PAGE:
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More US mutual fund companies supporting climate change resolutions, says Ceres

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Three large American mutual fund companies – DWS, AllianceBernstein and Oppenheimer, which collectively manage more than USD93bn in assets – last year supported the vast majority of shareholder resolutions filed with companies on climate change business risks.

 
Until 2011, DWS had never cast a single vote in support of climate-focused resolutions tracked by the study. AllianceBernstein had cast only two votes in support of climate resolutions over the previous 10 proxy seasons, until voting for 21 of the 26 resolutions that came to vote across its portfolio funds in the 2012 proxy season.
 
This is one of the major positive findings of a new Ceres analysis of proxy votes cast in 2012 by 43 of the largest US mutual fund companies. Six fund families failed to support even a single climate-related resolution in 2012, including BNY Mellon, Franklin Templeton, ING, Pioneer, Putnam and Vanguard.
 
“Too many mutual fund managers still fail to grasp the risks that climate change poses to companies they invest in,” says Mindy Lubber, president of Ceres, which commissioned the analysis by Jackie Cook of FundVotes.com. “But it’s encouraging to see DWS, AllianceBernstein, and Oppenheimer acting on their fiduciary duty by voting in the best interest of their clients on these resolutions. While shareholder support for climate resolutions averaged around 22 per cent last year, 14 votes were above 30 per cent, indicating growing awareness of these important risks and opportunities.”
 
A growing number of institutional investors – many of them members of the Ceres-coordinated Investor Network on Climate Risk (INCR) comprised of 100 institutional investors – have publicly signalled that they view information about climate risks as material to their investment decisions.
 
Many of these same investors have filed more than 100 climate-related resolutions in each of the past two years with companies in the electric power, oil and gas, insurance and other sectors. The resolutions typically request that companies disclose climate-related risks they are facing and strategies for managing those risks, including greenhouse gas reduction plans. In 2012, 48 resolutions were withdrawn before going to vote after the companies responded affirmatively to the shareholder requests. The Ceres study tracked 46 climate resolutions that went to vote during the 2012 proxy season.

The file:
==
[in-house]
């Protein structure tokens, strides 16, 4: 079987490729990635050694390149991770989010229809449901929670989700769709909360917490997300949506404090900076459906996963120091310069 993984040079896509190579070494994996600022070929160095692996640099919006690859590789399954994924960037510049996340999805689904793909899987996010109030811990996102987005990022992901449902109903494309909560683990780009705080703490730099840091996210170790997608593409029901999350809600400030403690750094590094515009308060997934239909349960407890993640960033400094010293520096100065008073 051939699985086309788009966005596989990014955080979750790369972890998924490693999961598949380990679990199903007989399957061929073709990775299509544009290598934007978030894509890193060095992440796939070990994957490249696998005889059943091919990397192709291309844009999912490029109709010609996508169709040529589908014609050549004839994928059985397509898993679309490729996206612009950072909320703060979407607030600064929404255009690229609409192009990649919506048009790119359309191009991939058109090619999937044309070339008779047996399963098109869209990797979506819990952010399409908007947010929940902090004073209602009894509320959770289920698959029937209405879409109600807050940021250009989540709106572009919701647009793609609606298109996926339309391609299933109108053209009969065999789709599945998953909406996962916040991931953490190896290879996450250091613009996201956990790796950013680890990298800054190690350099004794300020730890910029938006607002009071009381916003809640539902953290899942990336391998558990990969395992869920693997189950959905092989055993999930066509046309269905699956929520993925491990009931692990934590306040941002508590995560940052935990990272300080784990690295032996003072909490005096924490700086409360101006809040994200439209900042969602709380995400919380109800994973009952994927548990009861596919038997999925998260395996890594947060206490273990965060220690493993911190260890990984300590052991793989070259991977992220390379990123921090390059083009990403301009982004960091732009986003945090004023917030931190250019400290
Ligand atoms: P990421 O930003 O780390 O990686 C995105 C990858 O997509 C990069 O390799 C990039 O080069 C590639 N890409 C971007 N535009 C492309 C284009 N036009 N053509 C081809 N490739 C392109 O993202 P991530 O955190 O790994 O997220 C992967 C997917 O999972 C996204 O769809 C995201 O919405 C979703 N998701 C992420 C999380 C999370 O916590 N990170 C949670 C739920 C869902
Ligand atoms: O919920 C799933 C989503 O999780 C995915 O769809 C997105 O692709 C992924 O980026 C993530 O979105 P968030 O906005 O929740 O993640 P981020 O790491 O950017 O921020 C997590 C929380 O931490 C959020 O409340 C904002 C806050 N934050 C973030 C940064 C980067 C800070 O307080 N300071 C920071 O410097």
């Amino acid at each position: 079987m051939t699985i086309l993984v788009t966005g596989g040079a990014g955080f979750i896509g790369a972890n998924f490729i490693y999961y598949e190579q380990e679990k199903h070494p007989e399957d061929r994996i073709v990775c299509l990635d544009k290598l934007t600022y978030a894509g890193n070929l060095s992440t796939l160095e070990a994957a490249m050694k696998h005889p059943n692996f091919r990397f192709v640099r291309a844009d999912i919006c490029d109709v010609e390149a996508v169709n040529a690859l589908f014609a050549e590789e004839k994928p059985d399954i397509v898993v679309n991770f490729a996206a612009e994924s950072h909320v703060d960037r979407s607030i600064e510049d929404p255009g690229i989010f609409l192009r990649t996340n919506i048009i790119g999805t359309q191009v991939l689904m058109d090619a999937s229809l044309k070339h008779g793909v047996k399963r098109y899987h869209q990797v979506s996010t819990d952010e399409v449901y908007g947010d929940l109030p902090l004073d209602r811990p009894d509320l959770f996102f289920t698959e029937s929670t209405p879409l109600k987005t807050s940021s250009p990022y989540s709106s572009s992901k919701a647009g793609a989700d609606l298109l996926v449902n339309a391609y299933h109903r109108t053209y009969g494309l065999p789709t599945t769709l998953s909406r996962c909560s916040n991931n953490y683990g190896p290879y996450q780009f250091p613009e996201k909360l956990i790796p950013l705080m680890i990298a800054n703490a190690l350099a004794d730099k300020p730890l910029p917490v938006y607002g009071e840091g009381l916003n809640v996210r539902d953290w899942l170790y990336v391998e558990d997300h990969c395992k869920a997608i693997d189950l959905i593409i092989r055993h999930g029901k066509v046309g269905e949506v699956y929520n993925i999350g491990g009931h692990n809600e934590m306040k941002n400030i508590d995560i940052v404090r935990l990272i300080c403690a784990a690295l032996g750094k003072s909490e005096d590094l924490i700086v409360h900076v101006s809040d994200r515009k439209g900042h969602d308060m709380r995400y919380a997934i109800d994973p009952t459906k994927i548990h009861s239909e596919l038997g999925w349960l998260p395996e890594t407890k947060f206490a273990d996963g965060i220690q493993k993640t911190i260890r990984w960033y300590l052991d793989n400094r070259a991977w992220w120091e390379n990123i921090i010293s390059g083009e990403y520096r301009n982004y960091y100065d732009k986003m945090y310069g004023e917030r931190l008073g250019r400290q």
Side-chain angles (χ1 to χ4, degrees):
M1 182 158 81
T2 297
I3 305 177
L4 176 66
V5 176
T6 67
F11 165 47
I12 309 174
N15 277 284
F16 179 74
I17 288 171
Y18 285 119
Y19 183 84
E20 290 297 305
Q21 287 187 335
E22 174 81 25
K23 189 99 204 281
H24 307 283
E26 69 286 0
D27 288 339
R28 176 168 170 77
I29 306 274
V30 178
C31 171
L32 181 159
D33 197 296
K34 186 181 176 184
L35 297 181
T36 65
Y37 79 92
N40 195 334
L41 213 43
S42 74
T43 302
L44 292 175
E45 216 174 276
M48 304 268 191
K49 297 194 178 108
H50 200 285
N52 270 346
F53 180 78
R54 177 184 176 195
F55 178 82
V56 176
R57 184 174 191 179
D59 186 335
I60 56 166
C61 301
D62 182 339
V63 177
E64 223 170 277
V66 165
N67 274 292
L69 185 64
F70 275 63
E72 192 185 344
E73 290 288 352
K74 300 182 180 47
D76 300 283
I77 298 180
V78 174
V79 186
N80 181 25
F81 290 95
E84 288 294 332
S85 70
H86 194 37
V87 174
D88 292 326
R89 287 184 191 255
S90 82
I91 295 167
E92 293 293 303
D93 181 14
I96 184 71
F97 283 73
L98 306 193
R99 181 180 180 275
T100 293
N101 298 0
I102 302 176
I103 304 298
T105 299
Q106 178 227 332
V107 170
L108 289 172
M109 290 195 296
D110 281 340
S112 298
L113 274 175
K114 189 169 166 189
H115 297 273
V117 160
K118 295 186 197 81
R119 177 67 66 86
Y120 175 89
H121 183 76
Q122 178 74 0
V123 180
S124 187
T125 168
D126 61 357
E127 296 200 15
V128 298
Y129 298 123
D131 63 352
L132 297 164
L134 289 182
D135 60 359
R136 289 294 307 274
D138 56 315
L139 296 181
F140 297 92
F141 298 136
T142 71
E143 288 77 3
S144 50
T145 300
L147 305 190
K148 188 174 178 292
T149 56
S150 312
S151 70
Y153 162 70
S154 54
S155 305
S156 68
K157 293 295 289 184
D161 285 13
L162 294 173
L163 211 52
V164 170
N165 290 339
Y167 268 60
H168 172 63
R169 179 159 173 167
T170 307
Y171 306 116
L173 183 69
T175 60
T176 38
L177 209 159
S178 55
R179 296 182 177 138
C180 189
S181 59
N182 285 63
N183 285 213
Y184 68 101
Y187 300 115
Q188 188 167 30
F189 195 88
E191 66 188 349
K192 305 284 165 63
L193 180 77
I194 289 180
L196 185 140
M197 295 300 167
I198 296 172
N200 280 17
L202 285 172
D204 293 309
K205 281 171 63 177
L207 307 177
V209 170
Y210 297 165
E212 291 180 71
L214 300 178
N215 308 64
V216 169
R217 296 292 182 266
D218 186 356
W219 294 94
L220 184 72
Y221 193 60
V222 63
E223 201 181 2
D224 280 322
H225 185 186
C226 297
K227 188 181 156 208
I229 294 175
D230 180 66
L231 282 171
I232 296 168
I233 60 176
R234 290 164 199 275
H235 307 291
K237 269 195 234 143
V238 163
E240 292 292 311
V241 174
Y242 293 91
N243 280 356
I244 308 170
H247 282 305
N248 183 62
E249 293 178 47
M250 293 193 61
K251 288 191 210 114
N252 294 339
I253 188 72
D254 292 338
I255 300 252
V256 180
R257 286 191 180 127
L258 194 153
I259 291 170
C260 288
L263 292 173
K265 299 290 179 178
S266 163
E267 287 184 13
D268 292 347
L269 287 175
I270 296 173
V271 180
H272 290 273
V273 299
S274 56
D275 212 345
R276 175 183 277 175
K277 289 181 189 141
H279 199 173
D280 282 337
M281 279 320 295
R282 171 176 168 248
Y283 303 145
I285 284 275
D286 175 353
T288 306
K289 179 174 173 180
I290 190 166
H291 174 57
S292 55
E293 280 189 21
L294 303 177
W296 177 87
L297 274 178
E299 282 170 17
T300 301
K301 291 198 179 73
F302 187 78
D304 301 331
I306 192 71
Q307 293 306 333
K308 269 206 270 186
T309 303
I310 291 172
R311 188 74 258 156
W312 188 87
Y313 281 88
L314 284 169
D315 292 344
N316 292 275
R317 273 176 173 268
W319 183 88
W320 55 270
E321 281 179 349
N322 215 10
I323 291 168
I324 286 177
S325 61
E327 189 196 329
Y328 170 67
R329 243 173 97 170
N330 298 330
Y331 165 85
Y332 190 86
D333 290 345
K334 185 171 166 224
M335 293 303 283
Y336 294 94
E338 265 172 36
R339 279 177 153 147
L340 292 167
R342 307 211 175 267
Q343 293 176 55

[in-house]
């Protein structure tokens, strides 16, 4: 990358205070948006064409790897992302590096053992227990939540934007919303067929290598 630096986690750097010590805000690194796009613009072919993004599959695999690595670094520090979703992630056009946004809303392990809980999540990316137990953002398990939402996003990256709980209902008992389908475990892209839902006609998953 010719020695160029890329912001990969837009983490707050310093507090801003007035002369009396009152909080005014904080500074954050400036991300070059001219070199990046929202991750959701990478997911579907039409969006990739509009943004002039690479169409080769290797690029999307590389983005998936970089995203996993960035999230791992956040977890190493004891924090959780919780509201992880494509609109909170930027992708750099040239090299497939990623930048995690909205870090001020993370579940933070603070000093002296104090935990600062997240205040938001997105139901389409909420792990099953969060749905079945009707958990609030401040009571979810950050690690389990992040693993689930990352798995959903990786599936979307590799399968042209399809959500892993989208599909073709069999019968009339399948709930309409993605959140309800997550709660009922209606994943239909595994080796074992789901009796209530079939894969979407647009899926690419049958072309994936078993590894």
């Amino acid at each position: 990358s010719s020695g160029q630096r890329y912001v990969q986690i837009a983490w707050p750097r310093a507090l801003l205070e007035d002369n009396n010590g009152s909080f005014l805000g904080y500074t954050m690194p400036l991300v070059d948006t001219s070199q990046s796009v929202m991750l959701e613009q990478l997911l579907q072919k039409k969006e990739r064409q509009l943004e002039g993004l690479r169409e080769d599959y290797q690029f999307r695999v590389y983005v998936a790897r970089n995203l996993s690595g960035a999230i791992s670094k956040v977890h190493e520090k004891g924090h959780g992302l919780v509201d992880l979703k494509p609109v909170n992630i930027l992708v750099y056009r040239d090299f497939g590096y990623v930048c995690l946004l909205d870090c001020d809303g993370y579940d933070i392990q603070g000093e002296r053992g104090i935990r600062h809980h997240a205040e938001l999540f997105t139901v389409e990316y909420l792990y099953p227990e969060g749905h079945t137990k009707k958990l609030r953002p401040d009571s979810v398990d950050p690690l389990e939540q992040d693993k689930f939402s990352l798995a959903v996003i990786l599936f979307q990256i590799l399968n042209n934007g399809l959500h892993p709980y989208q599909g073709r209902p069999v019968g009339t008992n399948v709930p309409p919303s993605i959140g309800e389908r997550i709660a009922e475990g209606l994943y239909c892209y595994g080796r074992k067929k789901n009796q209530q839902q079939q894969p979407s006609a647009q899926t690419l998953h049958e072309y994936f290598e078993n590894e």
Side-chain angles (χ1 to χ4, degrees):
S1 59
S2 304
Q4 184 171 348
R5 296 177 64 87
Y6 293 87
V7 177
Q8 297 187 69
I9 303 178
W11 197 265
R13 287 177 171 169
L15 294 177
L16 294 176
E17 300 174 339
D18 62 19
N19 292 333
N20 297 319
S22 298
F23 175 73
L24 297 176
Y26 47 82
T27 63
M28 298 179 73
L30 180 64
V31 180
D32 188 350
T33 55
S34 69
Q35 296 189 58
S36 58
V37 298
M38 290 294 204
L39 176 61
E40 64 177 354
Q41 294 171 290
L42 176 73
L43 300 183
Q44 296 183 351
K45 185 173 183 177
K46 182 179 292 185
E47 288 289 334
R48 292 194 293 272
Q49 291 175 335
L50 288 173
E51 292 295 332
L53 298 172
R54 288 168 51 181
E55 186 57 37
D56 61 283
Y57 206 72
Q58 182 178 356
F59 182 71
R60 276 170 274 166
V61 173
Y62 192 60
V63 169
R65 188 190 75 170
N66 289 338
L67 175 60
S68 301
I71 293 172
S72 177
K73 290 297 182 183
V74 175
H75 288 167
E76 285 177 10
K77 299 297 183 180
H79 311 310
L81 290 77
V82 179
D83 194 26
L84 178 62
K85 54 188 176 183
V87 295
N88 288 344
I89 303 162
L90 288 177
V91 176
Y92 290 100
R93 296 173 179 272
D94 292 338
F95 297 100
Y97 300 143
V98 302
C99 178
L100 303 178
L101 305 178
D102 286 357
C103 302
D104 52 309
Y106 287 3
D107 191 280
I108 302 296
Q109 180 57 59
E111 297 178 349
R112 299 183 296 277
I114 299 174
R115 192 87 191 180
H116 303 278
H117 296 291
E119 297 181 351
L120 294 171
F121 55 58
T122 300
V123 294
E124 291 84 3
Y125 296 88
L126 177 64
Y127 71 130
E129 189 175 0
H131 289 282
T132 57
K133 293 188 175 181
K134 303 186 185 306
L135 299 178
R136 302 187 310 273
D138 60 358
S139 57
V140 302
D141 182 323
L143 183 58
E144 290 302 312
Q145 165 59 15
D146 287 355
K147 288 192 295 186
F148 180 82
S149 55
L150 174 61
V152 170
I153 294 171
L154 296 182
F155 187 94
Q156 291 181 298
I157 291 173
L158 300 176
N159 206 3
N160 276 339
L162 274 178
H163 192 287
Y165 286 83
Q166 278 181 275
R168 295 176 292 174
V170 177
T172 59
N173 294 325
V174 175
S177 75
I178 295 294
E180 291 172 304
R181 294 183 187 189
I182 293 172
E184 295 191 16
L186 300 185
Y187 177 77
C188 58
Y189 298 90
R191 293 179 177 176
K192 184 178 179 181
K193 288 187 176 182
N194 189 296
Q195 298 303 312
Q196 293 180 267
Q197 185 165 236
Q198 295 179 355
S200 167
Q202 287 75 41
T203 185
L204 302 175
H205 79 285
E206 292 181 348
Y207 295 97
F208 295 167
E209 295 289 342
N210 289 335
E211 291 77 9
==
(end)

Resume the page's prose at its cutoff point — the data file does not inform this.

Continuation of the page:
Besides AllianceBernstein and DWS, other fund groups that improved their support for climate resolutions last year are Transamerica and Metropolitan. State Street (SSgA), while still supporting relatively few climate-related resolutions, increased its support from six per cent in 2011 to 13 per cent in 2012. Prior to 2011, State Street had not supported a single climate-related resolution.
 
Vanguard remains the only fund family to have never cast a single vote in support of a climate-related resolution in the nine years covered by the Ceres survey. Last year it opposed 59 per cent of resolutions that came to vote within its portfolio of funds and abstained on 41 per cent of resolutions.
 
The 10 resolutions requesting that companies prepare a sustainability report including mitigation measures for climate-related risks earned an average of 38 per cent support and the four resolutions requesting that companies adopt quantitative greenhouse gas emission reduction goals earned an average of 27 per cent support from shareholders. These outcomes are clear signals of growing market demand for climate-related corporate disclosure.
 
In 2010, at the request of INCR members, the US Securities and Exchange Commission issued formal guidance on publicly traded companies’ obligations to disclose material climate risks in their financial filings.
 
“US mutual funds, with their sizeable ownership of domestic corporate stocks, need to consider the merits of shareholder requests on climate change and formalise their proxy voting guidelines accordingly,” Lubber says.

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